How to improve your JavaScript


There’s a lot of resources on the internet related to coding JavaScript, but many of them are poor and out of date, which I believe is one of the reasons why a lot of people still can’t manage to write JavaScript code which works in all major browsers (IE, Firefox, Opera and Safari – where possible to test it)

Let’s check out some useful JavaScript resources to improve our skills, ranging from books to blogs and frameworks/libraries.


Let’s begin with these. I think they are very important, as they can help you get a lot of mundane tasks off your shoulders when developing in JavaScript, and they also are cross-browser compatible so you will have less issues to worry about.

There are many JS libraries around, so I can’t start listing every here, but I’ll just scratch some of the more well known and useful ones.

  • Prototype – A very popular framework which has various features aimed to ease development, such as Ajax and DOM functions.
  • Scriptaculous – A library based on Prototype, which is more biased on providing users with effects, drag and drop and other user interface features rather than basic things, as that’s what Prototype does.
  • jQuery – A similar library to Prototype and Scriptaculous. Intends to offer more functionality for less code. jQuery works very well with other libraries as it is fully inside the jQuery namespace. It also has a lot of plugins to provide new functionality.
  • Dojo Toolkit – Dojo, which recently reached the 1.0 release, is a toolkit which has a lot: user interface widgets, form validation tools, animation and graphics to name some. The documentation is somewhat confusing in my opinion.
  • Mootools – A lightweight library similar to Prototype and Scriptaculous. Some of the features are inspired by Prototype, so if you’ve used that before, trying out Mootools (or the other way around), should be easy.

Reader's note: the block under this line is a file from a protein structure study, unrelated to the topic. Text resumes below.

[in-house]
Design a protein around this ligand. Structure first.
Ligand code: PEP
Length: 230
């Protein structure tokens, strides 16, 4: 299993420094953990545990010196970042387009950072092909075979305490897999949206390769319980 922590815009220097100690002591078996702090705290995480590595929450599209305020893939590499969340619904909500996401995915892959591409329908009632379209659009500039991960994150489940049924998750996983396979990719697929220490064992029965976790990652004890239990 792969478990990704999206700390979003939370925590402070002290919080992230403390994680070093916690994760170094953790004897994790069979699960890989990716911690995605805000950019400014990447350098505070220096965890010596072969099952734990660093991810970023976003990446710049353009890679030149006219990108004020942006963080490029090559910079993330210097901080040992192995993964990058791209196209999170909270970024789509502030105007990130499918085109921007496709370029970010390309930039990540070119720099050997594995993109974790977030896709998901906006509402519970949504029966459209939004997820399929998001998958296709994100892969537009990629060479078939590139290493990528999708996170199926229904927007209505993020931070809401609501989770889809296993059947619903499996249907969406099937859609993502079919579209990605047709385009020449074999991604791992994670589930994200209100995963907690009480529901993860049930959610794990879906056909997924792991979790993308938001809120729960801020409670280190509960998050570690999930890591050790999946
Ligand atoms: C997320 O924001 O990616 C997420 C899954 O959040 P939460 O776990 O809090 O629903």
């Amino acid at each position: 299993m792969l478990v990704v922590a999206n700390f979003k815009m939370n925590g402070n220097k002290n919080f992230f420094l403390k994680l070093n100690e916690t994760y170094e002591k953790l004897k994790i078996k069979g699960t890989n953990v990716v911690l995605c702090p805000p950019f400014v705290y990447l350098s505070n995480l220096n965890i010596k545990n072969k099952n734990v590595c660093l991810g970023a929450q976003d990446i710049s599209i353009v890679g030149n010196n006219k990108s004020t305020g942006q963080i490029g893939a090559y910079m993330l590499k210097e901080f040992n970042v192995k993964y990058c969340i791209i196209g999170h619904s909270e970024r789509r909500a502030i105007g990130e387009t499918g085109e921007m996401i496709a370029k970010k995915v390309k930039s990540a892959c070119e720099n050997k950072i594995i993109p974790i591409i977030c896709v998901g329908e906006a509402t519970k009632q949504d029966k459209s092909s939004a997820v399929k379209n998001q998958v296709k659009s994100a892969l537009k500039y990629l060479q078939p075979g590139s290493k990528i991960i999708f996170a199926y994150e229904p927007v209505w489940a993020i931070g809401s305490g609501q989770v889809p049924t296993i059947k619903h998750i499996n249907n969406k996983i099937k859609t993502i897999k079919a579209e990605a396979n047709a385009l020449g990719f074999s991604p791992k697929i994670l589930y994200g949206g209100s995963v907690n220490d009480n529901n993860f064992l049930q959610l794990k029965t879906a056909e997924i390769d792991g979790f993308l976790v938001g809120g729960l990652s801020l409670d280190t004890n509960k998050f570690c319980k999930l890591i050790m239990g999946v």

• MochiKit – Makes JavaScript suck less, according to their homepage. Sports a similar feature set as Prototype + Scriptaculous.
  • The Yahoo! User Interface Library – Like the name says, YUI has many useful user interface components, such as auto completion, calendars, tabs and trees.
  • ExtJS – Ext started out as a bunch of extensions for YUI. It provides a lot of useful UI widgets and utilizes other functionality from YUI, jQuery or Prototype/, so you can pick your favorite of these to use together with Ext. Ext can be used to provide a very desktop-like experience.

A lot of these libraries do the same things. In the end what matters is most likely if you like the coding style used by a certain library or not. If I didn’t mention your favorite library, let me know and I’ll check it out.

In addition to these, I think there’s one smaller single-purprose library worth mentioning: The /IE7/ project, which makes older IE versions 5 and 6 behave more like modern browsers. It fixes many of the typical IE issues, so if you’re having problems it could be worth checking this one out.

Blogs and sites

Here’s a few useful sites and blogs/posts to help you out with JS.

Articles etc.

Other useful sites

I also want to mention these two sites as they are very useful:

  • JavaScript packer – Compresses JavaScript to make files smaller. Very useful if you want to save bandwidth and make your pages load faster.
  • Mozilla Developer Center: JavaScript 1.5 Reference
  • Aptana Studio – An IDE for coding JavaScript. Has a lot of good features such as auto completion, content assist and JS debugging. Word of warning: done with Java, so it can get a bit slow at times with big projects.

There are probably other sites too, so if you know any good resources, let me know.


Please be aware that I have only read the JavaScript and DHTML cookbook – I’m recommending the others based on what I’ve heard and what I know about the authors.

In closing

There’s a lot of information on these pages and books I’ve listed. I’m sure there’s a lot more where these came from, so if you know any good JavaScript resources, I’d be more than happy to hear about it. So, post a comment, mail me, IM me, you know the stuff.